Monroe Update 2

It’s been awhile since my last post! I ended my last post describing the cloning reaction that allowed me to make a large number of copies of the plasmid that contained the region of interest. I had to then extract the plasmid from the bacteria grown up in the broth cultures using a procedure called a Mini Prep to continue working with the region of interest. This is done by lysing the bacteria to release the genomic material and is followed by purification steps to separate the desired DNA from proteins and other impurities. After performing the Mini Prep, I now had plenty of samples of the plasmid with the region of interest to work with.

To clarify the overall goal of my project, I am working towards modifying this region in such a way that I can remove sections of the sequence leading up to the promoter region of the napA gene. By removing sections of this sequence, I can determine the site that crdRS binds to in order to regulate napA. When I delete the site that crdRS binds to in order to regulate napA, I would expect to see a change in napA activity since it would not be regulated. There are several successive steps that must be performed to make this possible.

I began by creating a mutation in my region of interest for a BglII restriction site. BglII is restriction enzyme that cuts the sequence at a specific palindromic site (shown below). However, the BglII restriction site doesn’t actually exist within my region of interest, so I have to first induce a mutation to create the site. To create this mutation, I designed large primers (nearly fifty nucleotides long) that were complementary to the 26695 sequence with the exception of three nucleotides that were changed to encode the BglII site. This high degree of similarity allowed the primer to hybridize with the template sequence during PCR, causing the resulting copies to contain the mutation for the BglII site. These PCR products are then run through an agarose gel to make sure the entire plasmid was copied before being transformed into E. coli. Following standard procedures, individual colonies from the transformation are selected and then grown in broth culture to rapidly make a large number of copies of the plasmids containing the BglII mutation. Again, after these broth cultures are grown, a Mini Prep is performed to extract the plasmids.

BglII restriction site     BglII

There are two ways to check that a restriction site is introduced into a sequence, and I performed both on my mutant plasmids. One method is to sequence the region of the plasmid to confirm that the mutation is present in the new plasmids. Another method is to perform a simple digestion reaction. When the BglII restriction enzyme cuts the sequence at its restriction site, the circular plasmid is linearized. This digested plasmid is then run on a gel to compare its size to the uncut plasmid. If the linearized, digested plasmid is shown to be larger than the supercoiled, uncut plasmid on the gel, then we know that the mutation for the restriction site was successful because the enzyme was able to function. Since my mutants passed both tests, I know that the mutation was successfully added to my samples.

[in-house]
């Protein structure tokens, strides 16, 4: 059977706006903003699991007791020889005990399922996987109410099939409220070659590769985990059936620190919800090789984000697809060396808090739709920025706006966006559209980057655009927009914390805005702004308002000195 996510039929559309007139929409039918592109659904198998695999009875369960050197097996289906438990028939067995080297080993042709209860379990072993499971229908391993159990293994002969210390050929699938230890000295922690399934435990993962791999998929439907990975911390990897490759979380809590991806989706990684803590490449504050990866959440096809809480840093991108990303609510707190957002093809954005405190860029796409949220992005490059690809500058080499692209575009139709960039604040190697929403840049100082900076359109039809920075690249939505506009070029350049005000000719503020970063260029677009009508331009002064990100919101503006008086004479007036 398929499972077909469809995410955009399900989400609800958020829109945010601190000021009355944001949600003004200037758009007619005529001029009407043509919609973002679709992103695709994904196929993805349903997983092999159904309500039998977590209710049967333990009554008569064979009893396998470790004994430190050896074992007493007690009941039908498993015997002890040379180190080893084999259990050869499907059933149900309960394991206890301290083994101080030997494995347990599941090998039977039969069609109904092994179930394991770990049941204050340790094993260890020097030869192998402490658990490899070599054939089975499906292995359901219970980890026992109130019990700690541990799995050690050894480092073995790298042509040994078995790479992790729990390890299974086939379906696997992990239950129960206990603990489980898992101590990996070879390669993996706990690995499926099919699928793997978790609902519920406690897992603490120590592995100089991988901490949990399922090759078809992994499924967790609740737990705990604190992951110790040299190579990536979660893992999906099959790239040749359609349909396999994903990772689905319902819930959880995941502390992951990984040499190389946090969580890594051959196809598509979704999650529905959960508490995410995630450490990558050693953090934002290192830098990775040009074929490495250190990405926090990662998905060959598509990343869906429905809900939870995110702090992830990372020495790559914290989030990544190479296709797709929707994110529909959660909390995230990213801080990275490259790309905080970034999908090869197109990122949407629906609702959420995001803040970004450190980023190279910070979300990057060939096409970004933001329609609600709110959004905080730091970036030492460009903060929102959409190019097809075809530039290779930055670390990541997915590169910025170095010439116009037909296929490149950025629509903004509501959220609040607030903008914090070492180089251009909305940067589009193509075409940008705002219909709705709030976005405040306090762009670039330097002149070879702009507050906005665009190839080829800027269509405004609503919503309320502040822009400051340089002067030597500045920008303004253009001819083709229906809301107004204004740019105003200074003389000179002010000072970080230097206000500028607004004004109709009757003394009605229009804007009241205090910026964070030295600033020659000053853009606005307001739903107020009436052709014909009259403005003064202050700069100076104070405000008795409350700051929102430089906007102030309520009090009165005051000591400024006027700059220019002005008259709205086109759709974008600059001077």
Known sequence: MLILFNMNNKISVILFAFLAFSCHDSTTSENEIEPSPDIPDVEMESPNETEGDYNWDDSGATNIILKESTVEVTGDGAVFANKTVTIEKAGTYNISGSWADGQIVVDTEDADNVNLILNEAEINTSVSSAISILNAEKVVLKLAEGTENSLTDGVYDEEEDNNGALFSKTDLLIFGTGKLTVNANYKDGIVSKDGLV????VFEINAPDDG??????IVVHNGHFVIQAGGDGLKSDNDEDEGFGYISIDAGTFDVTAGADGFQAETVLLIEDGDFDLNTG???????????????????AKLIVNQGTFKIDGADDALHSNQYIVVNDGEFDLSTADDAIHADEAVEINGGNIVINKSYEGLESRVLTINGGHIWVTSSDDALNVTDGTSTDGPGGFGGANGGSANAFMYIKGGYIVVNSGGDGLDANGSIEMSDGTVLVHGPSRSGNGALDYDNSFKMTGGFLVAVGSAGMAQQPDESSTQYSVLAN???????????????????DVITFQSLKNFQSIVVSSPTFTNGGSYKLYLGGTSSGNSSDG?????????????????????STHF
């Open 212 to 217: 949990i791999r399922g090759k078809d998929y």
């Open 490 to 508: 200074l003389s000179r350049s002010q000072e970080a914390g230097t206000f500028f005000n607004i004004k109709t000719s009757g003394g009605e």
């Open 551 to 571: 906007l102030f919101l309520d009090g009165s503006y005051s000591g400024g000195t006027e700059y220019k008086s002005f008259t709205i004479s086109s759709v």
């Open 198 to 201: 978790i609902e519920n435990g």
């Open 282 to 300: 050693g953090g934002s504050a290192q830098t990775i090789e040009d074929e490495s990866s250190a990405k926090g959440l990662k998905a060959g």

After confirming that the BglII site was added to my region of interest, I was able to begin attempting to insert the a gene for chloramphenicol acetyltransferase (cat) into my plasmid. The cat gene allows bacteria to be resistant to the antibiotic chloramphenicol. I need to insert the cat gene into my region of interest because H. pylori will not replicate the entire plasmid like E. coli. The gene for ampicillin resistance that I mentioned in my first blog post is included within a different region of the plasmid, and consequently won’t be transferred or functional in H. pylori. However, the region of interest that I’ve been working with will be capable of recombining with the H. pylori genome because of its high similarity, since it was originally taken out of strain 26695. Thus, when my modified region is recombined back into H. pylori, the cat gene will also be transferred, as it is within the region.

Inserting the cat gene into my region of interest is a fairly involved process. I first have to open the plasmid by digesting with BglII. BglII makes a sticky-end cut; there are overhangs from the strands because the cuts do not line up with each other. To ligate the cat gene in, which has blunt-ends, I have to add blunt-ends to my digested plasmid. This protocol simply fills in the overhangs, which allows the cat gene to be directly ligated in. After allowing a molar excess of the cat gene to incubate with the blunt-ended digested plasmid, this ligation reaction is added to E. coli for another transformation reaction.

Unlike my previous transformation reactions, this one yielded only one colony. Although this was discouraging, it was still possible that the colony had a successful ligation of the cat gene, so I grew it in broth culture, performed a Mini Prep to extract the plasmid, and had the region of interest sequenced to see if the cat gene was inserted properly. However, sequencing did not provide any clean proof of the sequence, indicating that the ligation and transformation reactions were unsuccessful. I retried the blunting, ligation, and transformation with higher efficiency E. coli bacteria, but this time I got no successful colonies. I retried the whole process again with a different sample of the cat gene, but this also yielded no colonies. Several other people in my lab have had a lot of trouble working with the cat gene, so these problems are somewhat expected.

Since all of my attempts to insert the cat gene have failed so far, I will try generating my own new sample of the cat gene in the hopes of producing a more pure sample to work with.